No, but that’s because I periodically wake up in the middle of the night in a fight to the death struggle with my pillow and blankets, don’t need to add a loaded gun within arms reach of that.

    It goes inside a drawer with a child safety latch mounted inside that could be simply ripped open during an adrenaline dump, and only requires minor fine motor skills to be opened otherwise.

    It is imperfect but offers a balance of safety and availability that I am ok with.

    1. avatar uncommon_sense says:

      Tex,

      Install a small shelf as close to the ceiling as you can reach … and away from anything like a bed or dresser upon which a child could stand to access the shelf. Simply place your loaded handgun up on that shelf every night when you go to bed. You can sleep soundly knowing that your children cannot access it and it is immediately available if you need it at O’Dark Thirty. As an extra precaution, install a small lip around the edge of the shelf to make sure your handgun cannot slide off of the shelf.

      By the time your children are old enough to reach that shelf, they are old enough to KNOW that they MUST leave it alone.

  5. avatar MyOpinionDoesntReallyMatter says:

    No need to sleep with a gun here, my domesticated house cat prowls my house at night and keeps me safe.

  6. avatar Shire-man says:

    The bulk of my stuff is in safes but my go-to stuff is out and about.
    Don’t have kids and any would-be visitors/sales/evangelicals/cops are met out in the driveway never to be let inside.

  7. avatar John L. says:

    A bit off-topic, but thanks for reminding me to look for some velcro-backed mag holders for the safe door.

  8. avatar Mike W. says:

    9mm or 1911 on the nightstand. AK under the bed 🙂

    Sleep like a baby night after night.

  9. avatar Paul says:

    My s/d handguns are loaded but when not on my body they are in quick access safes of which I have several. The s/d shotguns are loaded (safety on) and secured with a quick access solo vault. I have older kids who bring their goofy friends around so….

  10. avatar Vhyrus says:

    My edc is condition 3 and usually on my desk when not on me. Same with the pump shotgun I have leaning in the corner. I don’t have kids though.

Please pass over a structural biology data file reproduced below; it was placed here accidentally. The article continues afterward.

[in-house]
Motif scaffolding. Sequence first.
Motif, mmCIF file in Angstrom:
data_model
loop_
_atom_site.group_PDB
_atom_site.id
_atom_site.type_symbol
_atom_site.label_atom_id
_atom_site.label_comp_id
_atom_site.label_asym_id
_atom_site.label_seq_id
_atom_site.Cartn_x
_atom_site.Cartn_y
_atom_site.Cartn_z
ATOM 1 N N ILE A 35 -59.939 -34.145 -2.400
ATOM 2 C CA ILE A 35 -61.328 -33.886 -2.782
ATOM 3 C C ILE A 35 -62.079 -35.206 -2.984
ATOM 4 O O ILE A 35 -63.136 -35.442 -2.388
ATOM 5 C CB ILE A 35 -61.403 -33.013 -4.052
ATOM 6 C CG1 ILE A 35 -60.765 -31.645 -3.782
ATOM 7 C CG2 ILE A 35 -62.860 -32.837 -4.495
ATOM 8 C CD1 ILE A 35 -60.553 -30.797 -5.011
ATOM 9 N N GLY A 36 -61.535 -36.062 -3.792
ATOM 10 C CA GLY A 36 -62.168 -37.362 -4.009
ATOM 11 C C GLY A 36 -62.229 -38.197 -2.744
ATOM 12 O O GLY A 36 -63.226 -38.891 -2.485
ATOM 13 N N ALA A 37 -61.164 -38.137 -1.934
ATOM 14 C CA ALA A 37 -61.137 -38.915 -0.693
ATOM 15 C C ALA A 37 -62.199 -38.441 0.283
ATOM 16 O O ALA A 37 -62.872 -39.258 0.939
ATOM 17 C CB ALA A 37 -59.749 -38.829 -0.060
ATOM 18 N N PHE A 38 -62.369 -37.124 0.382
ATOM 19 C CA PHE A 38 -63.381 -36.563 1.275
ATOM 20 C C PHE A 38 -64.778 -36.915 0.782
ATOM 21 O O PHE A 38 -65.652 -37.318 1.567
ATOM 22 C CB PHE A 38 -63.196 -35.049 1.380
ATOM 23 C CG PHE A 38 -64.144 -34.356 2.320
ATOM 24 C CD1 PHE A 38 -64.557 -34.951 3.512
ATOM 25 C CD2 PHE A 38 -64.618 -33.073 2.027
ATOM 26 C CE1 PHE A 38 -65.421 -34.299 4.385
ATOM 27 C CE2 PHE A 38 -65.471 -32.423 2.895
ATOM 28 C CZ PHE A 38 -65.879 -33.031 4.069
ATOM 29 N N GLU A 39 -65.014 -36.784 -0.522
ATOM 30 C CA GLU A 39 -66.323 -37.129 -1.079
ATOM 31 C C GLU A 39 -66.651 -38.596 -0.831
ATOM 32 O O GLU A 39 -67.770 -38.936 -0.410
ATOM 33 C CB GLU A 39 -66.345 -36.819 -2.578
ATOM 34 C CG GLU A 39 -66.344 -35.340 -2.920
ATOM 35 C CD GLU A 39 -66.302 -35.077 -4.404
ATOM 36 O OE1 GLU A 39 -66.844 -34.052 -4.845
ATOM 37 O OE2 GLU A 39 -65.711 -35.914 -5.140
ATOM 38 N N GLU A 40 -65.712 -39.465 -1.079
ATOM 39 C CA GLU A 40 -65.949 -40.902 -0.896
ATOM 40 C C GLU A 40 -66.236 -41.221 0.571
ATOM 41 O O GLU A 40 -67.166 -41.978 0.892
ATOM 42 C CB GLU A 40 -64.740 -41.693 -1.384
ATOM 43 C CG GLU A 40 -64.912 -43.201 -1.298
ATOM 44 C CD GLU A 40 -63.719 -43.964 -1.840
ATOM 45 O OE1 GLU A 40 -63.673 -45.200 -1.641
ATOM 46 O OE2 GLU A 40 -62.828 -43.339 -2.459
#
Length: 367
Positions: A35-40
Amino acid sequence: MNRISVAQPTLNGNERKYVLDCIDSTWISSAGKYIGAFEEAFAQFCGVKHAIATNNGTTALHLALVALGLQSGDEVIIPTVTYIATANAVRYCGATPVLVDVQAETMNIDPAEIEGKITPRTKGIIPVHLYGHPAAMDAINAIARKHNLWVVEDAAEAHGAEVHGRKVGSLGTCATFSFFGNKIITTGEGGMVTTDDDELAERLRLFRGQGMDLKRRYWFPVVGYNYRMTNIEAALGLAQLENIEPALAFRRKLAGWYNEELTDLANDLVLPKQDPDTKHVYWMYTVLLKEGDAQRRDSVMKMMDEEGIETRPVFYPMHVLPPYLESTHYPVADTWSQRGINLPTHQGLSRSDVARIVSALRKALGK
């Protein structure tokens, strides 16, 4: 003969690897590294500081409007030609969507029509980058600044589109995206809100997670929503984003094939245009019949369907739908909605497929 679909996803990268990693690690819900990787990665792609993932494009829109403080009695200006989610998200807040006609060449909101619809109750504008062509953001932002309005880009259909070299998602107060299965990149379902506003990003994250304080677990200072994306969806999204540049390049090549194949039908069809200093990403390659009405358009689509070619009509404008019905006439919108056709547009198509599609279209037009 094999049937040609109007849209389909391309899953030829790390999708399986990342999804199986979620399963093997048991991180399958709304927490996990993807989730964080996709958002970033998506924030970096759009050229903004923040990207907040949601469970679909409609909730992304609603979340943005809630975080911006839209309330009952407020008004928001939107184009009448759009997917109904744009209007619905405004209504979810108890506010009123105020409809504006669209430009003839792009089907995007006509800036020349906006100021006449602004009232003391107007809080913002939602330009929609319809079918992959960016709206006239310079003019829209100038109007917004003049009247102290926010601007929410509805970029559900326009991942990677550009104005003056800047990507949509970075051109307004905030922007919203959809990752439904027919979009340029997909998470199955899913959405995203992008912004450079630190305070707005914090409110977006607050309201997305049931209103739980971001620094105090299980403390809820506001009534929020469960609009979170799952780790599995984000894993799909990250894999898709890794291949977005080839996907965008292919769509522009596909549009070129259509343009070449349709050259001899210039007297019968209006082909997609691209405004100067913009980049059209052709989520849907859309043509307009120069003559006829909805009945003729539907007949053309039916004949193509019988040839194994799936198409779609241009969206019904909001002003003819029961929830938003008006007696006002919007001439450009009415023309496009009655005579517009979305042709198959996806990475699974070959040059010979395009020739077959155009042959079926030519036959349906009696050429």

11. avatar txJM says:

    I do not lock up my carry gun. But it goes up where the kids can’t reach and where I can’t get to it in my sleep.

  12. avatar Tom in Oregon says:

    Been a habit of mine for many many years. To access the gun at night, I’d have to get out of bed, reach one spot for the gat and another plain view spot for the mag.
    I always felt this prevented a nightmare within a nightmare…

    1. avatar Big Jim says:

      I’ve got PTSD From some bad things that happen to me / in the desert But I don’t sleep walk I don’t have sleep apnea so I don’t have any problems With sleep walking and getting up and doing things that I’m not aware of I think if you have those problems then yes you’re probably best to store the magazine and pistol in a secure location separate of one another weather in the same locked box or quick access say for spot on your nightstand with the bag in the actual nightstand something like that would probably be in your best interest But I used to sleep in a foxhole with six other guys all armed to the teeth with M 4 carbine All locked and loaded ready to go safeties on And we hardly slept but when we did we had no worries of accidentally shooting AR rifles off I think that’s a little bit on the TV show Side of media Of being unsafe The same thing goes with Firearms not being legal to be carried on aircraft I can’t tell you how many literally hundreds of times I’ve been on c-130s and commercial aircraft with my m4 And never had an issue with 100 other guys with me.I think it all depends on the individual after all isn’t that what this country’s about each person has their own right to pick and choose how they choose to store secure And keep their family safe, But we do have to make sure I think as respectful gun owners to own a quality Firearms bowl One that we can afford that at least we’ll keep our weapons when we’re not using them safe from burglary theft and youngsters curiosity. Just my $0.10 worth that’s all